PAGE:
Skyscraper Magazine » Tears Run Rings
Advertise with Skyscraper Magazine.

Advertise with Skyscraper Magazine.
 
TEARS RUN RINGS
Distance
clairecords
Format: CD / LP / MP3
Release Date: August 24, 2010
By Ben Vendetta January 31, 2011

The shoegaze sound reigned supreme in England from the late 1980s through the early 1990s as bands like Ride, My Bloody Valentine, Lush, The Boo Radleys, and Chapterhouse, to name just a few, had decent commercial success, some even denting the UK top 40. That phenomenon quickly gave way to Britpop, however, and groups either tweaked their sounds to stay relevant or quickly faded away. In America, though, shoegaze was never very big, clearly playing second fiddle to the grunge scene. As a result, a subculture of sorts began to emerge as Anglophile bands like Black Tambourine, Lilys, The Ropers, Springhouse, Drop Nineteens, and Smashing Orange all made great records and developed devoted followings.

Today, shoegaze (or neo-shoegaze, if you will) is as strong as ever in the US. Heavier sounding bands like Black Rebel Motorcycle Club and A Place To Bury Strangers have had strong commercial and critical success, while indie labels like Loveless and clairecords have remained true to the faith for many years, keeping those fans in-the-know very happy. That latter imprint is responsible for putting out two of the more accomplished American shoegaze records in recent years as a result of working with Tears Run Rings, a collective including Laura Watling, Ed Mazzucco, Tim Morris, and Dwayne Palasek, all formerly of The Autocollants. They’re joined by Matthew Bice, who formed acclaimed indie label Shelflife with Mazzuco.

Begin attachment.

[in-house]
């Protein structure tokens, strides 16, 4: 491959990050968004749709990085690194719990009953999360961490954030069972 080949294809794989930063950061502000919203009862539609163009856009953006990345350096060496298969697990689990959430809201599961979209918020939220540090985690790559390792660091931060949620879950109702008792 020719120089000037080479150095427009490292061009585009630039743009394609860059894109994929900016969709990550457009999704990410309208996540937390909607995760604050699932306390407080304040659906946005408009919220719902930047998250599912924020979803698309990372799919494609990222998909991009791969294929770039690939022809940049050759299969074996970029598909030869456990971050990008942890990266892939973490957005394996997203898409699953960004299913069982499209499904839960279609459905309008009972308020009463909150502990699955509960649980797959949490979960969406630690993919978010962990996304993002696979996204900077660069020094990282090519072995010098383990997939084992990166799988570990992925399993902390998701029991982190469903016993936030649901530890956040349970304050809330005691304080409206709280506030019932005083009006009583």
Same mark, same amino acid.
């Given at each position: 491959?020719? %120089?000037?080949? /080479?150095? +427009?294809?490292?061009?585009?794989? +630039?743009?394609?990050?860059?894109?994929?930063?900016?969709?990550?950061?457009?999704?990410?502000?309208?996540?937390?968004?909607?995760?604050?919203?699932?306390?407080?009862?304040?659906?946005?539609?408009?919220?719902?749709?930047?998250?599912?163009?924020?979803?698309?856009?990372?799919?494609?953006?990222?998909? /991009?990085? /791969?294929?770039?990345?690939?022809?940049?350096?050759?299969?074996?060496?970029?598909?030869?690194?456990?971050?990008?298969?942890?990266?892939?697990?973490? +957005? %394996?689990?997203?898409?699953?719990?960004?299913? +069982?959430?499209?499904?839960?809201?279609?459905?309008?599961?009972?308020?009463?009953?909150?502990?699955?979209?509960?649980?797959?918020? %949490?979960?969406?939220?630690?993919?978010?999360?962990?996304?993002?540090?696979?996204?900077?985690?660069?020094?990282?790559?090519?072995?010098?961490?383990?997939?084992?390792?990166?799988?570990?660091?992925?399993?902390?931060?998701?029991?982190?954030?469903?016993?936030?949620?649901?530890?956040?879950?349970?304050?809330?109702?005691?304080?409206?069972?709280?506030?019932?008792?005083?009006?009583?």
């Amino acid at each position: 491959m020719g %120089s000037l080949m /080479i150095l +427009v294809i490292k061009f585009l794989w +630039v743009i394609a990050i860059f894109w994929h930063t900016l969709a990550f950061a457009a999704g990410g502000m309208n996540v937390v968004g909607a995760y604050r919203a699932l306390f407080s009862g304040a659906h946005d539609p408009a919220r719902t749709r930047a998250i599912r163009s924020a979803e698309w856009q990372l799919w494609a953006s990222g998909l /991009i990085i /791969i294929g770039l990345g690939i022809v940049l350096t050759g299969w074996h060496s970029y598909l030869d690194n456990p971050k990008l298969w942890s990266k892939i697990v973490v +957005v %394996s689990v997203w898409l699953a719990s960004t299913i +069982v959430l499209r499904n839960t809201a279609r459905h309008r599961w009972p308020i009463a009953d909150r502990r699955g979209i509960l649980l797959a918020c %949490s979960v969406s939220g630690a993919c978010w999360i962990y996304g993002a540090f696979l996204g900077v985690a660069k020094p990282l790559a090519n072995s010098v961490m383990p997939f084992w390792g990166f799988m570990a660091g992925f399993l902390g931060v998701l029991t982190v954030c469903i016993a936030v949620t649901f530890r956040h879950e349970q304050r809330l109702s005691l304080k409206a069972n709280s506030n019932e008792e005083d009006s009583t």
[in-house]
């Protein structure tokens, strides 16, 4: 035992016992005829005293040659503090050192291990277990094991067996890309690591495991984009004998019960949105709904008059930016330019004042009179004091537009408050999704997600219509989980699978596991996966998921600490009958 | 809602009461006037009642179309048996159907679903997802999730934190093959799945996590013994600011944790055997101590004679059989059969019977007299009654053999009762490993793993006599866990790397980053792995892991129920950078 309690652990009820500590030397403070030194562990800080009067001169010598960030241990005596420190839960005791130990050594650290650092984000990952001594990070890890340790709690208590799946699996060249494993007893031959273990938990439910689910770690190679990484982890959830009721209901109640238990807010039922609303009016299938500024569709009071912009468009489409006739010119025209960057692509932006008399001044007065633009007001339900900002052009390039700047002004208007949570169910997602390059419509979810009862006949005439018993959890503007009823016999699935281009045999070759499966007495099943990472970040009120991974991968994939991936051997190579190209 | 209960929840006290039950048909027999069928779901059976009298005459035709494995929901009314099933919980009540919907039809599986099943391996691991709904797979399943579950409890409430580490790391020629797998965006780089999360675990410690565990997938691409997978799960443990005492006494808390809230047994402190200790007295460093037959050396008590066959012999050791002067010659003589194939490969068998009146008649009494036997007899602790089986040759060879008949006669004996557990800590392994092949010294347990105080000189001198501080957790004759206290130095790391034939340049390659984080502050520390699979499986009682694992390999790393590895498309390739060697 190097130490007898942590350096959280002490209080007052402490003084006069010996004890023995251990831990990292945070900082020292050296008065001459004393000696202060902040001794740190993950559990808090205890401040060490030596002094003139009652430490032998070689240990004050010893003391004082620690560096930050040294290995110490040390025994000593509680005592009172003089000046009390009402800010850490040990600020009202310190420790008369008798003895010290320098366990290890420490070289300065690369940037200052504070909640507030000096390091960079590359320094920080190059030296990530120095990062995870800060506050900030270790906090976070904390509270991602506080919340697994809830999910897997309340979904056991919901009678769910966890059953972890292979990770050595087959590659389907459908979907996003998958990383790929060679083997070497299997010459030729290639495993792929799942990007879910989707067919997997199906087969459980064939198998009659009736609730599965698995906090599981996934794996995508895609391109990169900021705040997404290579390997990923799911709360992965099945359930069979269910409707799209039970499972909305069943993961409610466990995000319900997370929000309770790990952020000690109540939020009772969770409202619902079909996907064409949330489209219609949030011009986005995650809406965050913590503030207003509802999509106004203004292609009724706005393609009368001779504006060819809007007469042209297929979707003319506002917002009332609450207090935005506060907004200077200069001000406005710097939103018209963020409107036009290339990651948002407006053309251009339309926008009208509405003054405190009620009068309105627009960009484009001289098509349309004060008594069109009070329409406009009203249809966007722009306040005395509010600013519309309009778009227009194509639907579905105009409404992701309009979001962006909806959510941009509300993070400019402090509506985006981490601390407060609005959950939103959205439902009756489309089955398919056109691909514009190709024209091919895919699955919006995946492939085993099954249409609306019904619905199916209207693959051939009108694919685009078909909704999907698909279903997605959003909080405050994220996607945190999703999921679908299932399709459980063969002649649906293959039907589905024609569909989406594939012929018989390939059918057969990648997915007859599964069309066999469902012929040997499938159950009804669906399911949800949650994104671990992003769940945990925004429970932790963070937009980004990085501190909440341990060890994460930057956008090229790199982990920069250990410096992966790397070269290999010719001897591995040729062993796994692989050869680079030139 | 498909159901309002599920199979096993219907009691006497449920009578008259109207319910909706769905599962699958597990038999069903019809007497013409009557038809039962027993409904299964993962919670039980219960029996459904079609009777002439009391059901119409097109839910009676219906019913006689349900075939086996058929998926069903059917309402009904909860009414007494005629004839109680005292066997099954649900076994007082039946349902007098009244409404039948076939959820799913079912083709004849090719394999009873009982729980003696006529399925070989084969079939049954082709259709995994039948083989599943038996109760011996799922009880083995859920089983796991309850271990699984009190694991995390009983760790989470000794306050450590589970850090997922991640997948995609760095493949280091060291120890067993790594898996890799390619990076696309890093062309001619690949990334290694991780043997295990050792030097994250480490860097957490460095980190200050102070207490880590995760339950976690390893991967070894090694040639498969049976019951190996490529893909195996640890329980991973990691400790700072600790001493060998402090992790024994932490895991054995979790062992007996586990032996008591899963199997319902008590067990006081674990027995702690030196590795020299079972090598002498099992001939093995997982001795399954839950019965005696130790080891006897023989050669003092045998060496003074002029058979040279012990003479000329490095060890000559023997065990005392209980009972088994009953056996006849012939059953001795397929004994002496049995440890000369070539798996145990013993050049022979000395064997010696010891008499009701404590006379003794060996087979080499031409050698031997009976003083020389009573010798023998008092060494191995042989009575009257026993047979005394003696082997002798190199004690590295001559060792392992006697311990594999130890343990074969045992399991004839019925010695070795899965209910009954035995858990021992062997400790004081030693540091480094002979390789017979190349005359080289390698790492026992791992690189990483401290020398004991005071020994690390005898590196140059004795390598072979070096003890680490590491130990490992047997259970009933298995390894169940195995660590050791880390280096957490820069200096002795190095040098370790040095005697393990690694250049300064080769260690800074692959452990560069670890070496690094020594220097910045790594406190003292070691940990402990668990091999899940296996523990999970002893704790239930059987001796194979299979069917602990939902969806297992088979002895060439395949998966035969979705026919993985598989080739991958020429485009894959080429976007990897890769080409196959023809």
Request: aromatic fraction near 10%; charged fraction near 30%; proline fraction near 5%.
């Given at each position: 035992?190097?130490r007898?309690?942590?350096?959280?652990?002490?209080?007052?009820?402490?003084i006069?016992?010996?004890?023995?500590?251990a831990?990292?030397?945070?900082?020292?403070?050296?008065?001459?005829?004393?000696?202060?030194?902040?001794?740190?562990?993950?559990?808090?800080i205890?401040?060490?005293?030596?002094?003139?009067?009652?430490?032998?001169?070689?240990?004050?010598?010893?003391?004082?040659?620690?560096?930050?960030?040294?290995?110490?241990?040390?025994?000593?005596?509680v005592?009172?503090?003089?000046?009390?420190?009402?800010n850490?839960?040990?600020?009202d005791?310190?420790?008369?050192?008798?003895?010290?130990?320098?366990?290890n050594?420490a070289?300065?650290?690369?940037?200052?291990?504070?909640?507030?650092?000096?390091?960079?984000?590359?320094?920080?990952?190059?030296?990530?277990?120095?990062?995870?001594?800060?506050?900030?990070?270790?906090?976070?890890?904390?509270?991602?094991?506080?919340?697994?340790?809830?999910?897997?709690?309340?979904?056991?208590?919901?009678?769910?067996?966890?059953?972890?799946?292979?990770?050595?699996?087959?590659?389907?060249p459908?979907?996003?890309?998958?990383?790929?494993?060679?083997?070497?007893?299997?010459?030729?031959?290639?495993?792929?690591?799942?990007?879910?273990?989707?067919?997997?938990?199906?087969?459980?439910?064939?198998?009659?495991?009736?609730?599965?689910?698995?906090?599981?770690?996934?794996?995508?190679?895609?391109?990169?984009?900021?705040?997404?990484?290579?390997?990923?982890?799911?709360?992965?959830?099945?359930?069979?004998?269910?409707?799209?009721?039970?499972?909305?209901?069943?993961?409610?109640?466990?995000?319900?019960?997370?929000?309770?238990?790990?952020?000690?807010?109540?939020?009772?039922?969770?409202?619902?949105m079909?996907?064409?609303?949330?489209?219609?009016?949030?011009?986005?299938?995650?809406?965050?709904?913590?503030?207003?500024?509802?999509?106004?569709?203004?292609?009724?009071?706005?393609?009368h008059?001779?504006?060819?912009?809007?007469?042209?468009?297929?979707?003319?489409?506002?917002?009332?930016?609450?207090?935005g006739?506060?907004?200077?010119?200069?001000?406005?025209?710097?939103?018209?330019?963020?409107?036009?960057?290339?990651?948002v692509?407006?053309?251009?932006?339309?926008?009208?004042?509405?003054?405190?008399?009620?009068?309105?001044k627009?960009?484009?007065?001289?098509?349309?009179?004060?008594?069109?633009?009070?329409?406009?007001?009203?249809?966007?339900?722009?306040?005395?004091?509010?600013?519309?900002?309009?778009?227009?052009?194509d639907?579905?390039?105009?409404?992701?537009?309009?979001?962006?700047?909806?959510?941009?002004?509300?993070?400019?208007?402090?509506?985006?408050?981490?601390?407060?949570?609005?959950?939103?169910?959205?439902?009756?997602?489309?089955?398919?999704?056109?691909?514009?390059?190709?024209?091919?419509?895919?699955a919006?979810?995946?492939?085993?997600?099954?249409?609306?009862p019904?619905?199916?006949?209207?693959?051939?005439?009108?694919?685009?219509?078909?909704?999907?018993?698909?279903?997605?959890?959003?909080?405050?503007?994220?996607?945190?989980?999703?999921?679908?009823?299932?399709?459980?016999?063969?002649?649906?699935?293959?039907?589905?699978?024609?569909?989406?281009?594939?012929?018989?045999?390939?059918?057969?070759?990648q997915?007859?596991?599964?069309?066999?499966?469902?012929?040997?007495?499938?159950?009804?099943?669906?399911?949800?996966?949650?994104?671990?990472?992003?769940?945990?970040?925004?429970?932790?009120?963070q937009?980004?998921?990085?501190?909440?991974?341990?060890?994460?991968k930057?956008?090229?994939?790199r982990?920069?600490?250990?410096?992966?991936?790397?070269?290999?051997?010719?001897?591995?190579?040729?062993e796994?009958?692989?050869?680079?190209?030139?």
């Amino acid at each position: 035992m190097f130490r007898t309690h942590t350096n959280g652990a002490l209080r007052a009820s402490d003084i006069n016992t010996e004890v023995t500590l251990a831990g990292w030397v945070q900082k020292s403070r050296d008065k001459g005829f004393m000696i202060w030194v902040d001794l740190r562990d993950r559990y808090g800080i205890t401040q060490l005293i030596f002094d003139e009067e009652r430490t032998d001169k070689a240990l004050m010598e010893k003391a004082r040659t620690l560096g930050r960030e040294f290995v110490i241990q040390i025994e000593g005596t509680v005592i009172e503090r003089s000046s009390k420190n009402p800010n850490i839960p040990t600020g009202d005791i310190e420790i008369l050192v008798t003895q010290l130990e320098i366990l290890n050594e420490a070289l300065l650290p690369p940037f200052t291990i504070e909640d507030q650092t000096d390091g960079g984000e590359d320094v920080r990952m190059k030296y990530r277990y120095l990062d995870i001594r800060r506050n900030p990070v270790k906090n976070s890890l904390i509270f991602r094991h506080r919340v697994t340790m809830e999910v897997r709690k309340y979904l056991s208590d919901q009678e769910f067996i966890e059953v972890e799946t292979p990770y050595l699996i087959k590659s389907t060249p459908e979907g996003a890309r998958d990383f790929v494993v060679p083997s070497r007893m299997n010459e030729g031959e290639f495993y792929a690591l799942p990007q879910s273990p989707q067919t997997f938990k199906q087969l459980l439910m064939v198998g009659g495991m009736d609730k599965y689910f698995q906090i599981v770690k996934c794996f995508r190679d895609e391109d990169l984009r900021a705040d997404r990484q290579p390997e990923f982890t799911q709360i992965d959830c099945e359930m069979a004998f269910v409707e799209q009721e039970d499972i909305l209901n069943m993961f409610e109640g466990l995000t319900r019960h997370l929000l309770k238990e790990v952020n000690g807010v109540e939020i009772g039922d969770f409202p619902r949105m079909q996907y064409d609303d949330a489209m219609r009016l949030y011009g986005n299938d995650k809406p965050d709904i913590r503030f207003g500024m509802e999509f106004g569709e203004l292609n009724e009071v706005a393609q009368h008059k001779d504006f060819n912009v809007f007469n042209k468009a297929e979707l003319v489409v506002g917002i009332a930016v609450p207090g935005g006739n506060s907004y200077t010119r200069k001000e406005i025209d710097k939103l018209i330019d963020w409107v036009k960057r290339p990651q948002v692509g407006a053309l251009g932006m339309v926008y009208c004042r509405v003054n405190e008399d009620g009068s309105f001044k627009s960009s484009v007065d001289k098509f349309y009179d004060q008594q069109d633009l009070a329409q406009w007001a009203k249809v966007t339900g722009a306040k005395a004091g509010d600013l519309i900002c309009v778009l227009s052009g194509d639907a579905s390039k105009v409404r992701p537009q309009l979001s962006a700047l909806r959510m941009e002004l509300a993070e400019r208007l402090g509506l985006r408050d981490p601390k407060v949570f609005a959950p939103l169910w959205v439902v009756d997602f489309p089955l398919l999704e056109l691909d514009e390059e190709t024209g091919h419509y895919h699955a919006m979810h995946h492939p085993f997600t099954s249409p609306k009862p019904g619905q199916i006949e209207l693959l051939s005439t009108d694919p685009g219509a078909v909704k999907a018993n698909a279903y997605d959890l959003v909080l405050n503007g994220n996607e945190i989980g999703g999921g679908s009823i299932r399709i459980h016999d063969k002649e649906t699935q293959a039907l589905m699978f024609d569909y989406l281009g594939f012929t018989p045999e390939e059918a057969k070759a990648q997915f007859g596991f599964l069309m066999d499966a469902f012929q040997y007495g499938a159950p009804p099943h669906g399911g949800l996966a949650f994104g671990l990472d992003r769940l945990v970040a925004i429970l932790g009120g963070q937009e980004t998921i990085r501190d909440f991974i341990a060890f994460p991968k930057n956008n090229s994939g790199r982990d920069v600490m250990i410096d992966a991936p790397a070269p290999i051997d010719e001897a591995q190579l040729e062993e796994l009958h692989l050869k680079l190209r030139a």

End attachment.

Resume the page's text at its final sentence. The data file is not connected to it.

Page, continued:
Since the group’s spread over the West Coast in Portland, San Francisco, and Los Angeles, they record via file sharing. Despite that less than organic approach, it’d be tough to argue with the results. Their 2008 debut Always, Sometimes, Seldom, Never was full of engaging melodies, shimmering guitars and wide open hypnotic tones –  a stunning update on the heavenly sounds of groups like Slowdive and Kitchens of Distinction.

Distance even avoids the sophomore slump. In fact, the album could almost be viewed as a sequel to Always, Sometimes, Seldom, Never. Like its predecessor, the album is bookended by two lush mood-setting instrumentals, “Happiness 3” and “Happiness 4.” “Reunion” is heightened by some very Ride-like melodies and fuzz guitar galore, while “Forgotten” shimmers like a cross between early Slowdive and, strangely enough, Joy Division/New Order (the mesmerizing bass sounds are Peter Hook-inspired). Even the title track’s a magnificent work of art as Tears Run Rings are able to encompass everything endearing about the shoegaze genre.

Visit: Tears Run Rings | clairecords
Purchase: Insound | eMusic